Excerpt from "Interviews with Alumni from the 1990s and 200s by Tim Smith", 2011 Department Newsletter.
Bridget O’Grady is currently an Internal Auditor in Whitehorse, Yukon Territory. Bridget graduated with a Bachelor of Arts Honours in History in 2003, winning the departmental medal. She pursued a Master of Public Administration at the Queen’s School of Policy Studies, and soon after graduation, became an Auditor and Audit Project Leader with the Office of the Auditor General of Canada (OAG) in Ottawa, where she worked from 2004 to early 2011. Bridget recalls, “I was responsible for conducting performance (or ‘value-for-money’) audits of the Royal Canadian Mounted Police, the Canada Border Services Agency, the Correctional Service of Canada, and a variety of other departments and agencies. Over the course of my six and a half years at the OAG, I travelled the entire country, gathering evidence (just as I did while completing my history degree, in fact!); toured everything from the Kingston Penitentiary to container ships in Halifax; interviewed senior management across the Government of Canada, stakeholder organizations, and international bodies; and contributed to the drafting of audit reports (some of the longest ‘history’ papers I’ve ever written!). I even had the privilege of representing the OAG at the Australian National Audit Office in Canberra, Australia, in 2009.”
“How did your History degree help you in this role?” “My colleagues and supervisors at the OAG (many of whom attended Queen’s themselves) valued my history education, and appreciated the unique perspective I brought to the team. Now, as an Internal Auditor with the Government of Yukon in Whitehorse, I put those same skills to use. To this day, I believe it was my History degree that laid the foundation for my interest—and ultimately my success—in tackling the ‘big questions’ in public sector management.” We asked Bridget about her memories of Queen’s: “I took a wide range of History courses with a number of professors who continue to have a profound impact on my life to this day. Over the course of my studies, I developed a thirst for knowledge and a desire to become a truly engaged citizen. I made friends and established networks that have enriched my life more than I ever could have imagined."
“How did your History degree prepare you for your graduate studies and your career? Bridget answered: “I think my history degree helped prepare me for my Master of Public Administration, and ultimately my career in the public service, by providing me with critical thinking skills—and so much more. Because the liberal arts and humanities emphasize intellectual curiosity and exploration, I was encouraged to embrace ideas--and not to prematurely discount any career paths. Instead of fixating on what courses I ‘needed to take’ to become a member of particular profession, I focused on studying what I loved, and built self-confidence and critical competencies— including the ability to manage projects, work with others, and deliver presentations. My experience writing major research papers, delivering group projects, and leading seminar discussions surely helped. I was also fortunate to be able to conduct some research for Professor Emeritus Gerald Tulchinsky, who supported the growth of my research skills".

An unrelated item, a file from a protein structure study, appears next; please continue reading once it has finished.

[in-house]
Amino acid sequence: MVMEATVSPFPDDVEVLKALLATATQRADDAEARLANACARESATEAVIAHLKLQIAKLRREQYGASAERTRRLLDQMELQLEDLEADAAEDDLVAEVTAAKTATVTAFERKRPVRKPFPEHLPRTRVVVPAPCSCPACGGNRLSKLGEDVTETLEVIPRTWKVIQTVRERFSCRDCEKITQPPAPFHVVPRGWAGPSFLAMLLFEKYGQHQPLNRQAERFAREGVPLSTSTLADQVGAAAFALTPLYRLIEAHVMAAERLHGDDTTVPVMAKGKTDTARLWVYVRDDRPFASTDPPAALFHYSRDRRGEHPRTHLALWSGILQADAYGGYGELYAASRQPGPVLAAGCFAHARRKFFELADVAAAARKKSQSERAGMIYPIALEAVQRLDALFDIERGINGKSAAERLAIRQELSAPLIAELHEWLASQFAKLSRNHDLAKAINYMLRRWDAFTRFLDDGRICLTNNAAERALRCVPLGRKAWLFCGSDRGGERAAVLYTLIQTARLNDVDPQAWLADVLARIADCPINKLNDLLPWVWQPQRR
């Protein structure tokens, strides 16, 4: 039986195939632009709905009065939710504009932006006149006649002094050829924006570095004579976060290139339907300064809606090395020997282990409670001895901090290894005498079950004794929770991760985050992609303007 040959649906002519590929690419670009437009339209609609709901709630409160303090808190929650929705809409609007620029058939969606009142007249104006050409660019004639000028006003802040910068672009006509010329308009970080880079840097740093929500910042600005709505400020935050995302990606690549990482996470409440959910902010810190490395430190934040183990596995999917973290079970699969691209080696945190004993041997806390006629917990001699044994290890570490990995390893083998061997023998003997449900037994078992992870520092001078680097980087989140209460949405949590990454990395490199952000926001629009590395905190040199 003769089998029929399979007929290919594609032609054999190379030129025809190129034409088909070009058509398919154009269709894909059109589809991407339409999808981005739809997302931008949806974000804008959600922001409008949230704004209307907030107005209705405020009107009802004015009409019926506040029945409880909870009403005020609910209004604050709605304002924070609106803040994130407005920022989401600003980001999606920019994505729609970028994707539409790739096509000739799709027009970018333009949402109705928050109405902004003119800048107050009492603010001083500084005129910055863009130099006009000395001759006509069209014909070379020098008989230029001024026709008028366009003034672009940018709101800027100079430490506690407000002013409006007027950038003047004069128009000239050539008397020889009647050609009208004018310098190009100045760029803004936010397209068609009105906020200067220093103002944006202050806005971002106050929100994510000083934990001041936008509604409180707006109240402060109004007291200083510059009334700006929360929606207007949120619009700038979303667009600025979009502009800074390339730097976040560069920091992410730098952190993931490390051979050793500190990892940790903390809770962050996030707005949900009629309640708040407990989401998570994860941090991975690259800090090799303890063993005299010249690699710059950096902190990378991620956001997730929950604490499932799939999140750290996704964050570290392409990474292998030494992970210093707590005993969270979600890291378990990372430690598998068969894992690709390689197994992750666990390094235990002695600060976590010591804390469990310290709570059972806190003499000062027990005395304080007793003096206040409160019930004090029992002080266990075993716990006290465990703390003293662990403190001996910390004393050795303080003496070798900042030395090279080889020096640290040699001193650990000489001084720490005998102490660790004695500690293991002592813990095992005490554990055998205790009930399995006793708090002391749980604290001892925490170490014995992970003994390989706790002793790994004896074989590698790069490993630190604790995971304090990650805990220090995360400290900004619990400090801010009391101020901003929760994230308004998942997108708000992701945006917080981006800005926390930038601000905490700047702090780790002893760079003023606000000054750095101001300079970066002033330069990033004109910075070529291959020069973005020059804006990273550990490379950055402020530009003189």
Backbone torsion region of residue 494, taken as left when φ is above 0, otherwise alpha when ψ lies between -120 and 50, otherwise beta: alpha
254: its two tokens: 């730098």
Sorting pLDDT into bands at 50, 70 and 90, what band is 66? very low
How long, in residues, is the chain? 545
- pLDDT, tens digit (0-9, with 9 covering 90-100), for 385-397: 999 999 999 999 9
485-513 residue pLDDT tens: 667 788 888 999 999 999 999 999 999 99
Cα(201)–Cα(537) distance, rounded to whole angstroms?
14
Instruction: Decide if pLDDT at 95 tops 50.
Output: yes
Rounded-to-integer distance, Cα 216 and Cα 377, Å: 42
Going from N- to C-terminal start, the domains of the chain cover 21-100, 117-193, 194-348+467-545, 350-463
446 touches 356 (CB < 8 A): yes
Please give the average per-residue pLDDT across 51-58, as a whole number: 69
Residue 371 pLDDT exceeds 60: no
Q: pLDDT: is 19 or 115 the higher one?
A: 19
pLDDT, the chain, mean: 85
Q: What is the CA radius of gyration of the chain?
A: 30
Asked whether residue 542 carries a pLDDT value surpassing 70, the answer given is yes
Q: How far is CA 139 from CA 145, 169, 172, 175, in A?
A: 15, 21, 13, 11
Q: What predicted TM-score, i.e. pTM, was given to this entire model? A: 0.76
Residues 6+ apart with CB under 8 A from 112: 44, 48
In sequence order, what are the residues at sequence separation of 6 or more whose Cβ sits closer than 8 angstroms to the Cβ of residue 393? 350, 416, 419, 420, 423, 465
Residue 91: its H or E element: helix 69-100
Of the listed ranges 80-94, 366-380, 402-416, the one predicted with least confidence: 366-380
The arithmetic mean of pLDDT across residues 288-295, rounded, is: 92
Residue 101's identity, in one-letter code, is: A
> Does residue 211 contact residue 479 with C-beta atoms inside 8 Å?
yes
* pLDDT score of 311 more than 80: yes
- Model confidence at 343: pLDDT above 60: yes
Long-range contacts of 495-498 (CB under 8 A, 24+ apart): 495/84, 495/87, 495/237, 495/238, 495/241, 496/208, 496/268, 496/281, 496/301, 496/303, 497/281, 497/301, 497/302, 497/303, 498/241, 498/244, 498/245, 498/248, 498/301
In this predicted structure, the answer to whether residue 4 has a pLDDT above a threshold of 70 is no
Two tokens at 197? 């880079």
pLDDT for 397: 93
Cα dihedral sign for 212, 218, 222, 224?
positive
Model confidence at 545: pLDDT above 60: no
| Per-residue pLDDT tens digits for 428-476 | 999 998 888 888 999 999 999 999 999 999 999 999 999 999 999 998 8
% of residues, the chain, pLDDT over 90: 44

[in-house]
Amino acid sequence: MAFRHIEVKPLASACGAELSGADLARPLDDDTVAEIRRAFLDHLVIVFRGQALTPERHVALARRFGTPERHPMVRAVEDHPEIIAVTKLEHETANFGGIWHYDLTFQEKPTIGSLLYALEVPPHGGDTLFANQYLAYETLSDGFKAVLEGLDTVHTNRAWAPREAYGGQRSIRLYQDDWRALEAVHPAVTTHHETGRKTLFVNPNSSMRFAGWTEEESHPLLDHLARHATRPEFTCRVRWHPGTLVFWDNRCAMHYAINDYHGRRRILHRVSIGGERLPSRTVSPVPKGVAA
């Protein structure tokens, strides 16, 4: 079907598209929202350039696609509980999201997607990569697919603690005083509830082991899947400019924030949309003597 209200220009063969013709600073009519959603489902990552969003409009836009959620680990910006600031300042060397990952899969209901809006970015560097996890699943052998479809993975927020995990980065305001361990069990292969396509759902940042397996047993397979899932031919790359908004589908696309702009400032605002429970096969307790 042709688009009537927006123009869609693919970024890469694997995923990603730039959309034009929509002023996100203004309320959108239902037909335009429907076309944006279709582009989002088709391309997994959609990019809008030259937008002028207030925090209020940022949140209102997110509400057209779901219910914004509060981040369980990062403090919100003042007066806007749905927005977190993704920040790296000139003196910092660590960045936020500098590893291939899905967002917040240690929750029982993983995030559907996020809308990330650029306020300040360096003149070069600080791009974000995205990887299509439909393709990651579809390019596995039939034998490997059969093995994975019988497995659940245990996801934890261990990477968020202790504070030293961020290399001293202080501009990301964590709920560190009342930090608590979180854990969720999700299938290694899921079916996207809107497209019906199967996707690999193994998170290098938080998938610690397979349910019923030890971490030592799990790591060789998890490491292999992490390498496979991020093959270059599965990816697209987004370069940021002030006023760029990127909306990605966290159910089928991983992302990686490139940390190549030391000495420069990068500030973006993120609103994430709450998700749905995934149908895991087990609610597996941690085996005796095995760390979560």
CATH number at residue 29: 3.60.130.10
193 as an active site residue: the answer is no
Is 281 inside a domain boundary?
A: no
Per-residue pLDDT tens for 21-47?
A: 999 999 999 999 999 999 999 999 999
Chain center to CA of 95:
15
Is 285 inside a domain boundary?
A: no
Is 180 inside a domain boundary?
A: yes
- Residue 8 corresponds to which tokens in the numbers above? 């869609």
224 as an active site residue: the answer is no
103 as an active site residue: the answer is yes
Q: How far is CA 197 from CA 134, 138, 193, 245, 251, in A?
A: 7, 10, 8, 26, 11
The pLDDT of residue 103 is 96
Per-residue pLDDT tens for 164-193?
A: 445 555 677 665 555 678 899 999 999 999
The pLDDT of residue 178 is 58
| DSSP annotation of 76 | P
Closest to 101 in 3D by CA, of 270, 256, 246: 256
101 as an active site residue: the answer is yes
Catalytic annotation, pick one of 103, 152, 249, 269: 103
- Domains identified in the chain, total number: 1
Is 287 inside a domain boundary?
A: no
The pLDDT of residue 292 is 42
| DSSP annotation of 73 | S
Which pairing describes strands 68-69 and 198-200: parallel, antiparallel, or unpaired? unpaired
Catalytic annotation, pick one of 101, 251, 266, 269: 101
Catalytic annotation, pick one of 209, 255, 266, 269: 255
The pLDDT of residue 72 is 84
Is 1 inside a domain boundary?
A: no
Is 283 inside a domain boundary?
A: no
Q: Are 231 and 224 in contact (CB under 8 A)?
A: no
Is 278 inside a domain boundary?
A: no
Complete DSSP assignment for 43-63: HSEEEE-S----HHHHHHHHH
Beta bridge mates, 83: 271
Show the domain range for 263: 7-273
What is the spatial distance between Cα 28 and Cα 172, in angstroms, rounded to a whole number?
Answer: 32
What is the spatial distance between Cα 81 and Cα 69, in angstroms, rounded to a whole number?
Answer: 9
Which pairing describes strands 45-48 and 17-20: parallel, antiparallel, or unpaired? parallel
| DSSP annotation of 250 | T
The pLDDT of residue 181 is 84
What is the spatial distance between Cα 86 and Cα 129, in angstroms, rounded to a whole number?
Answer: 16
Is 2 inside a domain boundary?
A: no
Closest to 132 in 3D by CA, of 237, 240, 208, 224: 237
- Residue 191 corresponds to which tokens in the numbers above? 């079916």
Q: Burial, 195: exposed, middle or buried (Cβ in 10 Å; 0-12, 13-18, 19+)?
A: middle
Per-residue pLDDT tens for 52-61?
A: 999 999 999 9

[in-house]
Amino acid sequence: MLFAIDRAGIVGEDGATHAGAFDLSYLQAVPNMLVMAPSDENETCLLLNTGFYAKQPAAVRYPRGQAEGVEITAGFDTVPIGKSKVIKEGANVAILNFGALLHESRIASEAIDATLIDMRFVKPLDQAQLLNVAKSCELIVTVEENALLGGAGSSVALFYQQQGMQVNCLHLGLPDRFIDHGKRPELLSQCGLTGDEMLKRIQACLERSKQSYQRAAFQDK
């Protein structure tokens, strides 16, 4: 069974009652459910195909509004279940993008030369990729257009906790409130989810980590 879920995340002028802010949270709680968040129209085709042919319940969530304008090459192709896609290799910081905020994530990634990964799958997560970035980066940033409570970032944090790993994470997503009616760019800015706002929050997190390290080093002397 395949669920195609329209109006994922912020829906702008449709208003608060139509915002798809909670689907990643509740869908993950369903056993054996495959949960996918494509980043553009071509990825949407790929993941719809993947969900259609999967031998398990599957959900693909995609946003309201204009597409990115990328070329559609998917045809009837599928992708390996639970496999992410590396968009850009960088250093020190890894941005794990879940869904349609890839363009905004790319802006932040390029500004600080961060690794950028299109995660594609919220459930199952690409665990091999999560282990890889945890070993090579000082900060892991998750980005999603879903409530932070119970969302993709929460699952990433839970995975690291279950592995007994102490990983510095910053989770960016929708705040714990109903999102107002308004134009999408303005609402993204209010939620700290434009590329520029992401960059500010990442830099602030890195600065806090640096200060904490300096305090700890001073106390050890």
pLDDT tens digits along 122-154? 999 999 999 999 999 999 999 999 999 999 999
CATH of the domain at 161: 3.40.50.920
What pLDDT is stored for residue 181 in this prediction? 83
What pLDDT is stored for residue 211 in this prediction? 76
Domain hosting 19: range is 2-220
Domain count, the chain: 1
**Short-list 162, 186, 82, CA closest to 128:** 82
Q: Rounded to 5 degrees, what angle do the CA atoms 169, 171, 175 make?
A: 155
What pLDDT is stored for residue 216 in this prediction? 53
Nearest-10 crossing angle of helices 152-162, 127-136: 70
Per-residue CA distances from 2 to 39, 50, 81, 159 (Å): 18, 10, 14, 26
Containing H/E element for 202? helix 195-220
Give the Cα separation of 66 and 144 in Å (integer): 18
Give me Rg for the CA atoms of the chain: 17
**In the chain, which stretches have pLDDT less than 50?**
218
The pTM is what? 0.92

We asked Bridget if there was a particular reason she chose Queen's. “I chose Queen’s because of its reputation and sense of community spirit. With some family in the Kingston area, I made the move from Comox, British Columbia. I owe a great deal to the Chernoff family, as well, whose 'Chernoff Family Award' opened so many doors. The gift enabled me to pursue my true academic passions, learn abou myself, and decide on the path that was right for me.”
“Do you have any advice for students considering a career in the public service,” we asked? “Take the courses that interest you. Engage the material. Ask questions. Get to know your professors, and let them help you find your path: I know from experience that they are more than happy to provide mentorship, guidance, and assistance. Familiarize yourself with the enormous number of resources on campus, particularly the Career Centre. Between co-op options, on-campus jobs and research assistantships, it’s entirely possible to build a C.V. that impresses prospective employers as early as your first year of study. I would also recommend enrolling in courses in statistics, research methods, economics, and French, should the opportunity arise. I did, and they have been critical to my career advancement. Above all, stay positive, and know that the ability to communicate and reason—the hallmarks of a history degree—will get you places you may never even have dreamed possible!”